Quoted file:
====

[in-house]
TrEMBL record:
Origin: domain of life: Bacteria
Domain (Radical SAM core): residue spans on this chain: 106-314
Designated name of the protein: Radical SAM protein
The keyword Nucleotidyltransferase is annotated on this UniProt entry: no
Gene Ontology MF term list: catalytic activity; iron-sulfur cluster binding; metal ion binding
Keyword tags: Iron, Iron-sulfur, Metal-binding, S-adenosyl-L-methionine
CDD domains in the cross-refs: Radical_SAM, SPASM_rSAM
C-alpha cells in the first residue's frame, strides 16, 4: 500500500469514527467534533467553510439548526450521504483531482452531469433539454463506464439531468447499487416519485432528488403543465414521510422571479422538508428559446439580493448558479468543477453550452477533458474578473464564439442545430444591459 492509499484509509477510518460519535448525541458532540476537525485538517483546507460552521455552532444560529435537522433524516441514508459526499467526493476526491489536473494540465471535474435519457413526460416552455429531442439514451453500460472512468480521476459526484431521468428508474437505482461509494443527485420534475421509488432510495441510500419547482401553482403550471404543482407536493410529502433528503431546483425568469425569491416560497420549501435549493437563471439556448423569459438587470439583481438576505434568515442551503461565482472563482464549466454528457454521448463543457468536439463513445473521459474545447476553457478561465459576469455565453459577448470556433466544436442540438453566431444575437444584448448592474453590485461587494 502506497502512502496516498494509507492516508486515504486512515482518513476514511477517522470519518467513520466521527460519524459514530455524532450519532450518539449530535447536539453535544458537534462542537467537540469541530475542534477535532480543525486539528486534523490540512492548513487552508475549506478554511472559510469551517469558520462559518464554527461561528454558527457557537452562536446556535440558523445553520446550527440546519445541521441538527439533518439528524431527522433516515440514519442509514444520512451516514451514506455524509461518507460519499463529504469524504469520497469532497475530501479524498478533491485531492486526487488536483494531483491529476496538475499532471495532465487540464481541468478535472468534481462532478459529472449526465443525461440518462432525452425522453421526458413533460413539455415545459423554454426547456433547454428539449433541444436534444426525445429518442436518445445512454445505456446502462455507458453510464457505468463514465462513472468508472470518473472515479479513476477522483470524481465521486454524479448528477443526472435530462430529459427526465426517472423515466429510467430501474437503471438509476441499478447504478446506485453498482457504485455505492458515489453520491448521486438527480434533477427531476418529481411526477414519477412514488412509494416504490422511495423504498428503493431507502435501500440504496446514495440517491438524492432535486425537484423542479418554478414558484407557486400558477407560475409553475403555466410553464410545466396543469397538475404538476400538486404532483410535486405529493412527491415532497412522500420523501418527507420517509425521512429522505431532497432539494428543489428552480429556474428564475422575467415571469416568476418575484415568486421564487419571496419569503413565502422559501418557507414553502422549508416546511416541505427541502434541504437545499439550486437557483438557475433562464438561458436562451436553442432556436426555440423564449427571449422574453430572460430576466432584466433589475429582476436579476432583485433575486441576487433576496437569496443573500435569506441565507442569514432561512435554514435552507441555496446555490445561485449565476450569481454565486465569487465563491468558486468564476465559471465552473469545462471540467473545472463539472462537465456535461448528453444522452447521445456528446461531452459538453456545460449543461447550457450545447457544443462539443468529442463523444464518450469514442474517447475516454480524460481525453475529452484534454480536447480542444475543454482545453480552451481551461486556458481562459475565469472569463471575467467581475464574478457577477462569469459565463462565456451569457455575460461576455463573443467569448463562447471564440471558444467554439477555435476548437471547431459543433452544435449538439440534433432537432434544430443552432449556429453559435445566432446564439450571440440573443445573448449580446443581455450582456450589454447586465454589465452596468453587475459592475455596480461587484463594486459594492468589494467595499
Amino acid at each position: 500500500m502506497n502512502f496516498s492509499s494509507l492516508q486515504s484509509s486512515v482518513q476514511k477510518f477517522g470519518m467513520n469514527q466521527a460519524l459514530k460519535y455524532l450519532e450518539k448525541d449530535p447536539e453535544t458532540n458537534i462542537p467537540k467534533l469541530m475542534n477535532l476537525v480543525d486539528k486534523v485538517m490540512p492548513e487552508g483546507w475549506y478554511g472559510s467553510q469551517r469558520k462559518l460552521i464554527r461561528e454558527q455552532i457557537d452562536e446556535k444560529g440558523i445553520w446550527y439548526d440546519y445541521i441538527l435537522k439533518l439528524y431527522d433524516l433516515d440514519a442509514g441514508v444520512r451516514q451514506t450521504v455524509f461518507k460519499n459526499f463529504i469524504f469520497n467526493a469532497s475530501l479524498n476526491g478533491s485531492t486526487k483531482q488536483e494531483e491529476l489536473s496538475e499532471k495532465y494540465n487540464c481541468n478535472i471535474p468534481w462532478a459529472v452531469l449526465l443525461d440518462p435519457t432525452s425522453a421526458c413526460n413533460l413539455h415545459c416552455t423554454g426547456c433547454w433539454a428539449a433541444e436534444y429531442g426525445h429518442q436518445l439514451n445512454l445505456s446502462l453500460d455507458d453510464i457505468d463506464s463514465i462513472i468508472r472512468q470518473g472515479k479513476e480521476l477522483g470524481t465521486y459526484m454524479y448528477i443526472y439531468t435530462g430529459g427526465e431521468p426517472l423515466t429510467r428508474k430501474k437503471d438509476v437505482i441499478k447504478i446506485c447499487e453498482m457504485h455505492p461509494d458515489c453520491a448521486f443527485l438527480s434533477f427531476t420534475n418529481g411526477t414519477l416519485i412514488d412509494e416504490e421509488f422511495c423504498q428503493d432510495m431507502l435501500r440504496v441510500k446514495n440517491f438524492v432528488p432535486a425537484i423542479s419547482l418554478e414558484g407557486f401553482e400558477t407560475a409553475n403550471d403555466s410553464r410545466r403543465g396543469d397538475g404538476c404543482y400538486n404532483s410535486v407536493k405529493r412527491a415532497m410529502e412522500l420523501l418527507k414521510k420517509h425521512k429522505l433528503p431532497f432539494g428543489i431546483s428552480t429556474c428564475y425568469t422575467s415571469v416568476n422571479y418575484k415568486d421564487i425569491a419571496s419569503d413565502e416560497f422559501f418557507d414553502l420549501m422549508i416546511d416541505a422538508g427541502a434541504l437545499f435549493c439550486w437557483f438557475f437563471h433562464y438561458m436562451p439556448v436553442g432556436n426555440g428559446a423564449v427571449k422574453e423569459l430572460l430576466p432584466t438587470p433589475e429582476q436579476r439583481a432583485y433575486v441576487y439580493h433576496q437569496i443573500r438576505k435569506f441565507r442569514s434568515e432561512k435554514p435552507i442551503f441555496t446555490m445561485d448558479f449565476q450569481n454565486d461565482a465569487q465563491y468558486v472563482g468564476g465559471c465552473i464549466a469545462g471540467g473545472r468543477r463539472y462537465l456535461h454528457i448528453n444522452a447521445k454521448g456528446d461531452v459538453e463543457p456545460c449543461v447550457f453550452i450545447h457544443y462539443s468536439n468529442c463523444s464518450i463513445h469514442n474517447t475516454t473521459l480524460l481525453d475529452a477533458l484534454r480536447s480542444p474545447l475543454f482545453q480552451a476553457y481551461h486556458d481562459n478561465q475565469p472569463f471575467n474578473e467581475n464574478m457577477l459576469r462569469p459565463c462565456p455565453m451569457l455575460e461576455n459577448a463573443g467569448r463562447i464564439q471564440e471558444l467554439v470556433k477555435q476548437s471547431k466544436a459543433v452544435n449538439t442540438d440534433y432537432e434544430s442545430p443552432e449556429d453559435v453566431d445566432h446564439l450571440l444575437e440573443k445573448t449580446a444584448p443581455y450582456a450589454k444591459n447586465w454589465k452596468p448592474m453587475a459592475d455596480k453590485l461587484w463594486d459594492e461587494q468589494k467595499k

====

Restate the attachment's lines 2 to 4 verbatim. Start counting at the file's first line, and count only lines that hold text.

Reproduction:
TrEMBL record:
Origin: domain of life: Bacteria
Domain (Radical SAM core): residue spans on this chain: 106-314